Klaus Schwab, the founder and longtime face of the World Economic Forum, will step away from executive leadership in the coming months, the organisation said.

The WEF, which hosts the annual meeting of wealthy, famous and influential global elites at the luxury Swiss ski resort of Davos, said in a statement late Tuesday that its 86-year-old founder would soon "transition from executive chairman to chairman of the board of trustees".

The shift would take place before the next edition of the annual meeting, in January 2025. No successor was immediately named.

The announcement that Schwab will be stepping back from executive leadership after more than 40 years at the top marks the culmination of WEF's long transformation, since 2015, from a "founder-managed organisation to one where a president and managing board assume full executive responsibility", the body said.

At the same time, the Geneva-based forum, which employs some 800 people worldwide, said it had been transitioning from being merely a "convening platform" to "the leading global institution for public-private cooperation".

The WEF did not spell out who would officially take the helm, but the number-two executive behind Schwab is currently president Borge Brende, a 58-year-old former Norwegian foreign minister.

Schwab, born in Ravensburg, Germany, in 1938, was a little-known business professor at the University of Geneva when in 1971 he founded the WEF's precursor, the European Management Forum.

He later broadened the conclave by inviting business leaders, assembling a prestigious Rolodex as he turned the gathering into a showcase for networking and exchange of ideas.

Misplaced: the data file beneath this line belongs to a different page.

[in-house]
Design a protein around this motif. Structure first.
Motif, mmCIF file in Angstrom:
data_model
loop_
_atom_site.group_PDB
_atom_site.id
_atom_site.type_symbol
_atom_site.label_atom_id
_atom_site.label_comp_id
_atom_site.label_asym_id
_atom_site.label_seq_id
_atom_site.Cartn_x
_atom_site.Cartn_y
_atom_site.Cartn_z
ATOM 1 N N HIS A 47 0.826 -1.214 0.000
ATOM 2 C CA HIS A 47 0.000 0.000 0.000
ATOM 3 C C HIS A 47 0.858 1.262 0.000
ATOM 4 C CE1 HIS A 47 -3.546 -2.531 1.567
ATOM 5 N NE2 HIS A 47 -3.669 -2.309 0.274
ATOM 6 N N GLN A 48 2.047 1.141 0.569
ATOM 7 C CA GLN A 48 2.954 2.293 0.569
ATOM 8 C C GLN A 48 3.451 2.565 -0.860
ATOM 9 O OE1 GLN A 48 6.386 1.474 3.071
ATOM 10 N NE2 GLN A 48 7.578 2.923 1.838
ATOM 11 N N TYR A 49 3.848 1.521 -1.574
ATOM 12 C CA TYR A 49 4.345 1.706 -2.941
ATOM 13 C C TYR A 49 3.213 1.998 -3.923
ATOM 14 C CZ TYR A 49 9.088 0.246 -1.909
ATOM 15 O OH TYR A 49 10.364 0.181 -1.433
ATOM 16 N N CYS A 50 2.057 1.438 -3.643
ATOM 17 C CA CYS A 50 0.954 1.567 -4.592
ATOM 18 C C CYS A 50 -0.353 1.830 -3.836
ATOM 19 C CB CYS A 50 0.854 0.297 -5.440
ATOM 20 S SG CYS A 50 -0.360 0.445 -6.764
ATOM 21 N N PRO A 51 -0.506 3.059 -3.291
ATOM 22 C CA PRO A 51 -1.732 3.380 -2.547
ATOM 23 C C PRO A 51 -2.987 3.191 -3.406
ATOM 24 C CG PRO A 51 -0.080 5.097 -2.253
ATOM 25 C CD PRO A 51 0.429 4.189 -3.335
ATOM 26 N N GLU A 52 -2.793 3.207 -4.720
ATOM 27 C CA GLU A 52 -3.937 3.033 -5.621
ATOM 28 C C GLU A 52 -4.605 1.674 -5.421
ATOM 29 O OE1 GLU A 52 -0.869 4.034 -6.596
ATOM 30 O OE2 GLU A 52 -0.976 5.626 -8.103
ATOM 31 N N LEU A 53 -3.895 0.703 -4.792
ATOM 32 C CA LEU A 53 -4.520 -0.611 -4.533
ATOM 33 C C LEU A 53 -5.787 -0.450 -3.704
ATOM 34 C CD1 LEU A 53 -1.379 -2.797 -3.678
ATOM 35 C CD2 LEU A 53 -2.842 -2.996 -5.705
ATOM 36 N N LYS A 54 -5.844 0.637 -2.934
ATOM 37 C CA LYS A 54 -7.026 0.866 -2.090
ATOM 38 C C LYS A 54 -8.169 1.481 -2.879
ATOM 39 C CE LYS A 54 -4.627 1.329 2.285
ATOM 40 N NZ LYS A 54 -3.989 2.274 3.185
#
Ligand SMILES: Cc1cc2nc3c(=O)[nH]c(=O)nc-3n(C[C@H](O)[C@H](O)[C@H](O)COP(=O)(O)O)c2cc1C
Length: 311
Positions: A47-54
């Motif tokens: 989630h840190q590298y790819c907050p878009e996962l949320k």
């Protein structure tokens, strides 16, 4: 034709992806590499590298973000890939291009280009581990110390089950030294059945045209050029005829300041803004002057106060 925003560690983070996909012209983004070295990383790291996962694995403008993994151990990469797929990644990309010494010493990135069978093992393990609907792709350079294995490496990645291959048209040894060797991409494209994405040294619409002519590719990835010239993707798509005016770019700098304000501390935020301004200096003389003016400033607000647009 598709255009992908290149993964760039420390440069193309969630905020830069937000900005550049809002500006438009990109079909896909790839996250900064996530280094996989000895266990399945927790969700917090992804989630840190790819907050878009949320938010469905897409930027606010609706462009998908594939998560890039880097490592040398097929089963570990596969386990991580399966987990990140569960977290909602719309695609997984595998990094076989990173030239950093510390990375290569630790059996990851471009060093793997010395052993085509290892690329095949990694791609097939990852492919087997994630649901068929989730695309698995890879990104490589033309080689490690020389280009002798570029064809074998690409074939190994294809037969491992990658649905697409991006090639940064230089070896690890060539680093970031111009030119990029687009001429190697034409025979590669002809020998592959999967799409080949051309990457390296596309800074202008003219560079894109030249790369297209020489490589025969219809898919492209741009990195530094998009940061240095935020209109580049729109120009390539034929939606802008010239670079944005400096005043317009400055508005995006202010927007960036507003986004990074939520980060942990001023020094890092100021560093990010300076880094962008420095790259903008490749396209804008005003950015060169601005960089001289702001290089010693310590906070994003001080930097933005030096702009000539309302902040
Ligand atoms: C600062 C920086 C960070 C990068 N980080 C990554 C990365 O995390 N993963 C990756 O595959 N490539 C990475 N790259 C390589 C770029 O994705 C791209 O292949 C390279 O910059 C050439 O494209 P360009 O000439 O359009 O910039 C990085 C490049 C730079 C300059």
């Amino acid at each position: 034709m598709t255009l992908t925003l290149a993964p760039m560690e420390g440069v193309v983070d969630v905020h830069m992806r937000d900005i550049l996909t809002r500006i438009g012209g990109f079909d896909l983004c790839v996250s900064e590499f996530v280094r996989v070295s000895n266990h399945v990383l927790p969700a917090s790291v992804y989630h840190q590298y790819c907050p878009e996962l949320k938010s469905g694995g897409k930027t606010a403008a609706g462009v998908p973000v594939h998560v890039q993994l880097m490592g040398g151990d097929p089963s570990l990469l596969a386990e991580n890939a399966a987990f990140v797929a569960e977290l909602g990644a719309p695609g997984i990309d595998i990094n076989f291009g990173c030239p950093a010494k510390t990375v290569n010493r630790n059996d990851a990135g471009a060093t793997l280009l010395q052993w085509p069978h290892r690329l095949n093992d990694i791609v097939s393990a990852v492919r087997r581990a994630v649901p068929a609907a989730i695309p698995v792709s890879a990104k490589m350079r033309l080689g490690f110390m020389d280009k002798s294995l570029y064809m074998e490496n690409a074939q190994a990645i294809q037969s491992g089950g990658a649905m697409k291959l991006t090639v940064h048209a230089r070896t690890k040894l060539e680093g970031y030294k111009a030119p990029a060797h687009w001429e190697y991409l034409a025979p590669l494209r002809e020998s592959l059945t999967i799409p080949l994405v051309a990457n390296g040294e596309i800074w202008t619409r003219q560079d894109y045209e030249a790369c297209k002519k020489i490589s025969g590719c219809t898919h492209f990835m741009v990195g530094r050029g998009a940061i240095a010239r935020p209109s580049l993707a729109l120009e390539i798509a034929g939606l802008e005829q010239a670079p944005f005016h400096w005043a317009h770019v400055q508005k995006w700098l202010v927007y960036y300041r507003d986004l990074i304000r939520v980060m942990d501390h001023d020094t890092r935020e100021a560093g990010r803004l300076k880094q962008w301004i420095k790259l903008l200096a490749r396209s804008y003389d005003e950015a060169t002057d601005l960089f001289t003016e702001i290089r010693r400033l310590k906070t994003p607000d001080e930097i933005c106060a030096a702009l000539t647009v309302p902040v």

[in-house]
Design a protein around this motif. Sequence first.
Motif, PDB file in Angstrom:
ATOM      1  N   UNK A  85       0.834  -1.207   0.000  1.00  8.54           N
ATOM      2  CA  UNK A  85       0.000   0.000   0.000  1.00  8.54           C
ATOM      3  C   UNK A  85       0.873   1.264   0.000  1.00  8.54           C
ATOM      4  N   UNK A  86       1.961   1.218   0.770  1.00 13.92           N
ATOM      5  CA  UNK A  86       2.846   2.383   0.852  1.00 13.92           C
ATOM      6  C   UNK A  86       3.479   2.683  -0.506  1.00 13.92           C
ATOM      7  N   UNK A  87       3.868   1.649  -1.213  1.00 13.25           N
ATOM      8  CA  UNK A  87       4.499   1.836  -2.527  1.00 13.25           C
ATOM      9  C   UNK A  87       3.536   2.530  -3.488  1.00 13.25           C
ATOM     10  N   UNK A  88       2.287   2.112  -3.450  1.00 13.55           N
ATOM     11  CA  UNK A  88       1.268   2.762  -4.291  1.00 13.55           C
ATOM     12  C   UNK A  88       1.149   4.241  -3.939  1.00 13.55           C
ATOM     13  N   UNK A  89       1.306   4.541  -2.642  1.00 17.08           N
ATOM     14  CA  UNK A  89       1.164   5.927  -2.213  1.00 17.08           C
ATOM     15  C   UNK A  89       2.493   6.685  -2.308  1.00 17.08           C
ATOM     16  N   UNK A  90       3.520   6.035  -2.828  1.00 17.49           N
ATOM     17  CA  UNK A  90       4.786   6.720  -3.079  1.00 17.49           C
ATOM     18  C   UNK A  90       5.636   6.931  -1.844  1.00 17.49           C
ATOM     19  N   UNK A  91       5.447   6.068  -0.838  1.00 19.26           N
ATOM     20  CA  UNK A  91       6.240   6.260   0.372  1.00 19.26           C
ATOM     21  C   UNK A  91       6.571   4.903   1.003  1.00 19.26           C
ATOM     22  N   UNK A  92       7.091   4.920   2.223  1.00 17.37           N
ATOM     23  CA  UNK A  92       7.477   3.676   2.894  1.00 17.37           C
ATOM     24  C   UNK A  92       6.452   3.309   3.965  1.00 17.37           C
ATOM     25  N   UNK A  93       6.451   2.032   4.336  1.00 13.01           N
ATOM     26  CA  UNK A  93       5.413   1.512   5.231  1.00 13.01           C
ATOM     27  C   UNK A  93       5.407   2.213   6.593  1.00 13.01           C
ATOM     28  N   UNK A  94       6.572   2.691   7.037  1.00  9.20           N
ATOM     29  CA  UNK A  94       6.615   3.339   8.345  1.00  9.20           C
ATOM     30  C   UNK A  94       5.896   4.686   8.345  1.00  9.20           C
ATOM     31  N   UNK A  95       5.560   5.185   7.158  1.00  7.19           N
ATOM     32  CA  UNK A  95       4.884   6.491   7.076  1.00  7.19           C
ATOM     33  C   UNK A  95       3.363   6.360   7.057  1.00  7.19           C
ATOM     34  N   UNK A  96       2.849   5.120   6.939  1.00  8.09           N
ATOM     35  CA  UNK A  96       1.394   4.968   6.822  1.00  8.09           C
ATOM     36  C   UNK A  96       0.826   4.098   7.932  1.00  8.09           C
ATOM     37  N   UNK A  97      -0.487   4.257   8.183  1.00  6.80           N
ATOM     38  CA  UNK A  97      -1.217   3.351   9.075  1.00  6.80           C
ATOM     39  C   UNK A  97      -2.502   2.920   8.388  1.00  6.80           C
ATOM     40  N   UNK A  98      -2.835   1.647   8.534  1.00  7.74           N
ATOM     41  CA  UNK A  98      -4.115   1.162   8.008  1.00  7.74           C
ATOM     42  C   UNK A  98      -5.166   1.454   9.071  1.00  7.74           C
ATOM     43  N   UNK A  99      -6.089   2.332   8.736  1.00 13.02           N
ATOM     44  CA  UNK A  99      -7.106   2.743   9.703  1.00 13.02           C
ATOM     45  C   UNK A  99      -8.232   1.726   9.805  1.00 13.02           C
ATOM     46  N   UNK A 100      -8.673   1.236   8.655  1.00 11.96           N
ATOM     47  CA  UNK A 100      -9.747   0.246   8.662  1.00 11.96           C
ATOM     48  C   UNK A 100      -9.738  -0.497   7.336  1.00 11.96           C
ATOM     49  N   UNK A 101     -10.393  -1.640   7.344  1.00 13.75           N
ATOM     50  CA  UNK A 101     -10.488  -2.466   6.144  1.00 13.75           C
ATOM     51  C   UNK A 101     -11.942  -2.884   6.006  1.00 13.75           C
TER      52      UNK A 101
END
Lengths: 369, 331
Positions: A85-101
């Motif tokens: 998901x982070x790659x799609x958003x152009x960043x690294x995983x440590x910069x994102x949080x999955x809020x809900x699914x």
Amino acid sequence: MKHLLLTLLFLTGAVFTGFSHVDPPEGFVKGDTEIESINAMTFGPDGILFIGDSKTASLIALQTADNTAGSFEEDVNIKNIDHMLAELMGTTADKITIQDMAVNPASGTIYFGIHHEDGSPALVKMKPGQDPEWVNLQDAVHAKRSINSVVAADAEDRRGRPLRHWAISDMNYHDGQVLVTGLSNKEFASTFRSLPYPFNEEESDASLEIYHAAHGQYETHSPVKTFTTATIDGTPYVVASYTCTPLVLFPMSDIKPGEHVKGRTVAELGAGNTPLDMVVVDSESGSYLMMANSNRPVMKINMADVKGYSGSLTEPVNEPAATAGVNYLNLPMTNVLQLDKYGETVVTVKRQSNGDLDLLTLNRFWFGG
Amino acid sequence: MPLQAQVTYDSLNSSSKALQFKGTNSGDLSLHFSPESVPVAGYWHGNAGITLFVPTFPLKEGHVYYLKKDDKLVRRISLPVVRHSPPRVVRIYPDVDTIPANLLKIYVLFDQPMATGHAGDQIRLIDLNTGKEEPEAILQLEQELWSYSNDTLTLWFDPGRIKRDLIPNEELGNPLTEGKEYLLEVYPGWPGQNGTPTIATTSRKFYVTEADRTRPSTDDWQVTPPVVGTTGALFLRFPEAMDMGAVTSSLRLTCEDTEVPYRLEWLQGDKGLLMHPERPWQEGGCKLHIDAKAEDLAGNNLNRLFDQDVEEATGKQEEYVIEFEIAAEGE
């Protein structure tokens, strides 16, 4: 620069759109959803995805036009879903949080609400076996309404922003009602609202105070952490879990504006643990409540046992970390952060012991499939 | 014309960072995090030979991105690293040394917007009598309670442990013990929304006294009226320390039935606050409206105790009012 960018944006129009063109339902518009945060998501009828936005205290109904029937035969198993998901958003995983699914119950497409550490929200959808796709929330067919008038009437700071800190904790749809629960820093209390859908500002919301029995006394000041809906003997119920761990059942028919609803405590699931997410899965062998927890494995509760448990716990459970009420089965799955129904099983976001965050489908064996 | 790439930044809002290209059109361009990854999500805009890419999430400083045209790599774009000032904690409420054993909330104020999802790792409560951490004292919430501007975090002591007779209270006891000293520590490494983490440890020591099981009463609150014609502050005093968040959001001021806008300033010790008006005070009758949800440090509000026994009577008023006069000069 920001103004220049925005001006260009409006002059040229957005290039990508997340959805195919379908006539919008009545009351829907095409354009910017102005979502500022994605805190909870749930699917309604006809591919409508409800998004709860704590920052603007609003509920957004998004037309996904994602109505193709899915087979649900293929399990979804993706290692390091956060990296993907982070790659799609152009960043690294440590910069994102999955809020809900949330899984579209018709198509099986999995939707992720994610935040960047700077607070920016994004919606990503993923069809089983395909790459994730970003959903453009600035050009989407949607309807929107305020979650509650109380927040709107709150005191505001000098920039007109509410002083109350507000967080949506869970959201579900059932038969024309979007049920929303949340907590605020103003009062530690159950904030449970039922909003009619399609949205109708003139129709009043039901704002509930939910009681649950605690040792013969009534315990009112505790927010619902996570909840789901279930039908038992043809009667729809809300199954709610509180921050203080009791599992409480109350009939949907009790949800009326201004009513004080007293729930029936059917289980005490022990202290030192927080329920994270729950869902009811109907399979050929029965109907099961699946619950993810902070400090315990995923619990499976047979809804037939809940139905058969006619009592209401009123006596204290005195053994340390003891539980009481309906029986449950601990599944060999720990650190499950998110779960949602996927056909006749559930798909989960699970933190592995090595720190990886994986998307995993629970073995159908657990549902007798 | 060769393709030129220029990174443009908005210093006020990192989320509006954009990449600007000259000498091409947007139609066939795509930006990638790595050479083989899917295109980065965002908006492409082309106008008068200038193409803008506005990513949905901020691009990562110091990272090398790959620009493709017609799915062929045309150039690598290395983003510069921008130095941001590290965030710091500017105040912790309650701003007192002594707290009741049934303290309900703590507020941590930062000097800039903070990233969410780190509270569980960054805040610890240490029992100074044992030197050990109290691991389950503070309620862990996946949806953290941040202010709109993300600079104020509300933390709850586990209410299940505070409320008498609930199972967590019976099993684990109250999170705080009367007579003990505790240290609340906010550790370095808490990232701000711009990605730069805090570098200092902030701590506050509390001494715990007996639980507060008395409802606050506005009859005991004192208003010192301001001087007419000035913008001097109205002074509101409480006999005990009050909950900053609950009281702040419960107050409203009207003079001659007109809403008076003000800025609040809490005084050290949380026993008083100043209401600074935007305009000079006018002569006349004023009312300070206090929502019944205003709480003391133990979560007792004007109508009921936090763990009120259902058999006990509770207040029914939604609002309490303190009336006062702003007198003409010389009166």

Over the years, success bred further success as many of the world's movers and shakers vied to rub shoulders in the Swiss Alps at panel discussions and apres-ski socialising.

Newer regional meetings have joined the Davos calendar.

Last month it hosted a meeting in Riyadh, amid global focus on the war raging in Gaza, that boasted US Secretary of State Antony Blinken, Palestinian president Mahmud Abbas and foreign ministers and prime ministers from across the Middle East and Europe among the participants.

Critics have repeatedly charged that WEF's gatherings simply create a safe space for the corporate world to lobby governments without oversight.

The WEF maintains that it "provides a global, impartial and not-for-profit platform for meaningful connection between stakeholders to establish trust, and build initiatives for cooperation and progress".

"At the heart of our mission of improving the state of the world lies the belief in the power of human ingenuity, entrepreneurship, innovation and cooperation," it says on its website, stressing the "need for a forum fostering rigorous and respectful dialogue between and among leaders".